The Maltese Falcon (1941)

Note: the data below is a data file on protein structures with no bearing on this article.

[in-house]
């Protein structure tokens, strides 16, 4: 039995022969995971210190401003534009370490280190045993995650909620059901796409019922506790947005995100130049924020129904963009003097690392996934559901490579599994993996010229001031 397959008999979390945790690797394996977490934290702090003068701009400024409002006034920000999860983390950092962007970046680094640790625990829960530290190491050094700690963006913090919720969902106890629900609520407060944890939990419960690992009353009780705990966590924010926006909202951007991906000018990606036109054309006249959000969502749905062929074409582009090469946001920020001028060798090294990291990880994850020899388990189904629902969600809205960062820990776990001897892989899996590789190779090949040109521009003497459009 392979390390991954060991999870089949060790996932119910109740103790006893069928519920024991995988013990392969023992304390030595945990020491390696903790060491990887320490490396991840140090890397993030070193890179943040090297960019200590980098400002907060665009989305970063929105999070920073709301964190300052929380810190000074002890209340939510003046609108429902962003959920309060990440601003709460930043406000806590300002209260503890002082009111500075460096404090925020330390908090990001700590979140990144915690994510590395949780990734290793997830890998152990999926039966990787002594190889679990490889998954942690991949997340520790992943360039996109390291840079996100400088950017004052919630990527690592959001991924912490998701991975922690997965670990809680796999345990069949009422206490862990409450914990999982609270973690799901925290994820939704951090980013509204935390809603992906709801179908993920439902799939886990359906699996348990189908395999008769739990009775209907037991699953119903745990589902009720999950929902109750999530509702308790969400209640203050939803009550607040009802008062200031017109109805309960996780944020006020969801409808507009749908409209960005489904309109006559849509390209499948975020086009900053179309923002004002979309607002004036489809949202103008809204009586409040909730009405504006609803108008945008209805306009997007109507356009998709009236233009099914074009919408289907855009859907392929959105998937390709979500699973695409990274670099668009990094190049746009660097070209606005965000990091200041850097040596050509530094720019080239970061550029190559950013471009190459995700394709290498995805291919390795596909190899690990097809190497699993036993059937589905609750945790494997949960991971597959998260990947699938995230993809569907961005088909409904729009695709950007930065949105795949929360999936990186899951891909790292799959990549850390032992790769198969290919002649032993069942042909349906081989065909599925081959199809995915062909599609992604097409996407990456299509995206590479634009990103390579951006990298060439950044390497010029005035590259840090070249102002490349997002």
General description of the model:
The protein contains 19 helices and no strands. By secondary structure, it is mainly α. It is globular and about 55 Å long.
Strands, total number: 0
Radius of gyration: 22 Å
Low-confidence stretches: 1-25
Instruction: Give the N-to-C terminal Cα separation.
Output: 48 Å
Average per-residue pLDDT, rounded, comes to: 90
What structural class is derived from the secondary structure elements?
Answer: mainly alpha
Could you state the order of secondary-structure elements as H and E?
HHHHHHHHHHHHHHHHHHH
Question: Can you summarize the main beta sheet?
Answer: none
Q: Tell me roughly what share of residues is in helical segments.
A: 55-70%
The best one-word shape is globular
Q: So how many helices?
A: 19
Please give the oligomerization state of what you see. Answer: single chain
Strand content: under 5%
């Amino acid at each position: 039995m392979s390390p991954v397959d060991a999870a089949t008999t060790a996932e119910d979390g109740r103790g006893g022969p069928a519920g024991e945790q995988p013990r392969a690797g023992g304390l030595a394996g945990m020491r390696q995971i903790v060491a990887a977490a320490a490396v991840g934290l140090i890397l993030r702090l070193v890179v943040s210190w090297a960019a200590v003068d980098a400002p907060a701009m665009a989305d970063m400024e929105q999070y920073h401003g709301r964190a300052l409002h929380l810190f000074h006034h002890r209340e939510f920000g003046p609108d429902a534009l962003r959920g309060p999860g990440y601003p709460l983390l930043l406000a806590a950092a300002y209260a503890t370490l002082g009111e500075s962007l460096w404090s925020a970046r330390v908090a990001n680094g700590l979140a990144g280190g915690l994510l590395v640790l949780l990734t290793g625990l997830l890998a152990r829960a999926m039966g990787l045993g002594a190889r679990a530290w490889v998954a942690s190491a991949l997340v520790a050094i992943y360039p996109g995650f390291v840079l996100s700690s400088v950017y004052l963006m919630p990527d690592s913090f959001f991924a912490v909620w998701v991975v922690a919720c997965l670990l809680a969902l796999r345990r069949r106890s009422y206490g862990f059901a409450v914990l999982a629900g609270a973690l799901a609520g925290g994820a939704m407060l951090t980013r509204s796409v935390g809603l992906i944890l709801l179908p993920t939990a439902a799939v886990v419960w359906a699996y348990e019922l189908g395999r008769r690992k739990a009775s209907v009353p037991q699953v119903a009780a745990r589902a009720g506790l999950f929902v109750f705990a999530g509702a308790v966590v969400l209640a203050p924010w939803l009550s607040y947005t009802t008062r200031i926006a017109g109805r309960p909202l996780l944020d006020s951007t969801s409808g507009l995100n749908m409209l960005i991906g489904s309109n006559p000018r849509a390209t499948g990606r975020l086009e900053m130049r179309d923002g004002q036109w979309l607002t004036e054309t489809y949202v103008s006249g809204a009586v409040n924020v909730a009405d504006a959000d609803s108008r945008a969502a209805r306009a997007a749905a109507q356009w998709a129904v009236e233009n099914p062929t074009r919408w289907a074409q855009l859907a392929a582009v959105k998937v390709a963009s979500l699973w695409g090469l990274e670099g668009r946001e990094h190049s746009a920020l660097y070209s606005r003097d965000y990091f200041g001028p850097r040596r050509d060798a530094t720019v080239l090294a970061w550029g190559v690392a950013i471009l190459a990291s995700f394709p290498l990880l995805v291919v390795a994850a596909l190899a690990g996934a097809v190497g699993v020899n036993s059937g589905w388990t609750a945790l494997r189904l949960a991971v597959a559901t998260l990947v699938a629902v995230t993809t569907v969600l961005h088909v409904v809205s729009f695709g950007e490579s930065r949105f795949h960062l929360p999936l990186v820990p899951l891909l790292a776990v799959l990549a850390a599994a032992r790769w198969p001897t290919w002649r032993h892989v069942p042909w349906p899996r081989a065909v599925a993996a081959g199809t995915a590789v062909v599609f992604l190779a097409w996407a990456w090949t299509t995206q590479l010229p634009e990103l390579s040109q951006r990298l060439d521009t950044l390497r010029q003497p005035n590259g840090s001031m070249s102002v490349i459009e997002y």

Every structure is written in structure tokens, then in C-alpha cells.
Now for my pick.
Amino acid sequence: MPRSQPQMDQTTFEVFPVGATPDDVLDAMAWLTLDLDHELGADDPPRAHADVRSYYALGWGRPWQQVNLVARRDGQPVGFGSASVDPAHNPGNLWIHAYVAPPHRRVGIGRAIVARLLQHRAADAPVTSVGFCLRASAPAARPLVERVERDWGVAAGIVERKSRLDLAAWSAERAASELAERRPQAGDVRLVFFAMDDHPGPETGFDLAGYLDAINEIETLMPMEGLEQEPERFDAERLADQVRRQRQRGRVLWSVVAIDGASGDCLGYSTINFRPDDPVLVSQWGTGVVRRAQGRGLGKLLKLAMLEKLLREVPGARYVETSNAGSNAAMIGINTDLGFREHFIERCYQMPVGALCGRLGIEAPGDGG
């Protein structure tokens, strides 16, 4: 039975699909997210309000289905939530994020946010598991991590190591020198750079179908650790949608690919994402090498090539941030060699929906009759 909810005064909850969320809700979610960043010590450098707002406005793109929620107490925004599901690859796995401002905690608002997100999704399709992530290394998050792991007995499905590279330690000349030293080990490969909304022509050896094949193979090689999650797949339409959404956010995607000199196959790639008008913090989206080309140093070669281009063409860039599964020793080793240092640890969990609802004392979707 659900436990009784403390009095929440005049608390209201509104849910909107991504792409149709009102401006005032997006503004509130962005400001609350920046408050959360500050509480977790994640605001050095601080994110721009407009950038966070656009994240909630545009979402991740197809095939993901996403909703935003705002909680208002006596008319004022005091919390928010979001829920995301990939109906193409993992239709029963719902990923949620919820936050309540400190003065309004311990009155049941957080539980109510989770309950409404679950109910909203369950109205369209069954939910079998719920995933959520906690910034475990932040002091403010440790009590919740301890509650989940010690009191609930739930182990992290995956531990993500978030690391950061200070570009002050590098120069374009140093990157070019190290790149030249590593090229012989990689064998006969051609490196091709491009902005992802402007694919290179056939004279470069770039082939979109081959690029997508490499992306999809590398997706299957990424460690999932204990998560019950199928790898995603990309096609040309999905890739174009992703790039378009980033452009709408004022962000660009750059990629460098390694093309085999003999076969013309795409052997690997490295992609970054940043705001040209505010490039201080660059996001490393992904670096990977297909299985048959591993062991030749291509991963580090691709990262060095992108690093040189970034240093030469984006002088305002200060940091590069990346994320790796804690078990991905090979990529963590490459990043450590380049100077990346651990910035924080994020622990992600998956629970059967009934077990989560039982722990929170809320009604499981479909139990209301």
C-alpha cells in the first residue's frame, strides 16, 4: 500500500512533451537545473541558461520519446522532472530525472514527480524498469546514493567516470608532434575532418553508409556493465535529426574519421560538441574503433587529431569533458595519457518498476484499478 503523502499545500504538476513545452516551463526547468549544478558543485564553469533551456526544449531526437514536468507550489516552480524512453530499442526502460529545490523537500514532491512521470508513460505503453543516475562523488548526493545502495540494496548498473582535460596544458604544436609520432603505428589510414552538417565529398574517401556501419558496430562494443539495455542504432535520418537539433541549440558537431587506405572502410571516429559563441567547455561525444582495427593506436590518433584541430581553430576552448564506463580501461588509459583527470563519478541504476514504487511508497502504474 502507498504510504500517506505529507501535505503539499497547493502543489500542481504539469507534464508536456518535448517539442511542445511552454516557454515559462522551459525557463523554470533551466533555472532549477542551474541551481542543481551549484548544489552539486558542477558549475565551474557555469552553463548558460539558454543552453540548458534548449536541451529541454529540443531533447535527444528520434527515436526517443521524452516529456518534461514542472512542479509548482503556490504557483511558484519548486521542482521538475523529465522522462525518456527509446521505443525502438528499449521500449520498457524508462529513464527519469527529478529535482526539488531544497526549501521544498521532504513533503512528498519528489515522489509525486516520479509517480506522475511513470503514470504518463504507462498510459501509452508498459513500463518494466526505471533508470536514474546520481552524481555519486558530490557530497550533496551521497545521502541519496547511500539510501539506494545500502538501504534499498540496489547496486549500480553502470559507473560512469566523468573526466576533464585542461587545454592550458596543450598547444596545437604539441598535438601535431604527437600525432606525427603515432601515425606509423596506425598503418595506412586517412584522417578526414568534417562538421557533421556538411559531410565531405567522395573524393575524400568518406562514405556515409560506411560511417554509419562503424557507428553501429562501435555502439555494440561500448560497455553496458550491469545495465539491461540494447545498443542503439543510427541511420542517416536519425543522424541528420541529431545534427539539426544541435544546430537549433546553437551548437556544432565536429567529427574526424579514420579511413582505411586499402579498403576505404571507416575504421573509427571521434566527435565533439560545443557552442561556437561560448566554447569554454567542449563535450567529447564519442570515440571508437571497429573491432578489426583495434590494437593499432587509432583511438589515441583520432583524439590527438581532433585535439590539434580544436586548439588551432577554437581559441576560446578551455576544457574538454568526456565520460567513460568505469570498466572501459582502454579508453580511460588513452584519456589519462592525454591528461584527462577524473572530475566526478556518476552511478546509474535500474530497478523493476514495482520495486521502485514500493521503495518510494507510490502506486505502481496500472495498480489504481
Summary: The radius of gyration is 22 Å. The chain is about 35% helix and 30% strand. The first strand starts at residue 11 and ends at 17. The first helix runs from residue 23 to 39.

The first ever film noir? Yes, probably, but how could they know? Dashiell Hammett's novel had already been filmed ten years prior, but debutant John Huston takes the detective film genre to a new level with this dynamic, nonchalantly playful mystery. It is fresher than most film noirs you'll see, because it hasn't established itself anywhere. Huston just keeps pushing limits, approximating his hero to his femme fatale, enclosing them in paranoia, pessimism, apathy and arrogance and letting their true spirit be up for interpretation until the very end. It isn't so much a mystery of a bird as it is a mystery of characters, and what is brilliant is how Huston lets them remain exuberant and teasingly mischievous until the very end. Bogart downplays his character to perfection, never letting his feelings show, but always staying on top of his game. And that grin could save any scene from ridicule. Add Peter Lorre in superb form and you just can't lose. Through Huston's crisp script, packed with delightful dialogue, the film twists and turns (subtly, never abruptly) through deception, cigarettes, murders, indifference, sex (yes, implicitly), more cigarettes and Bogey's snooty investigation. The ending's indisputable conclusiveness is a bit disappointing, but nothing more than one would have to expect. Besides, we already had our fun.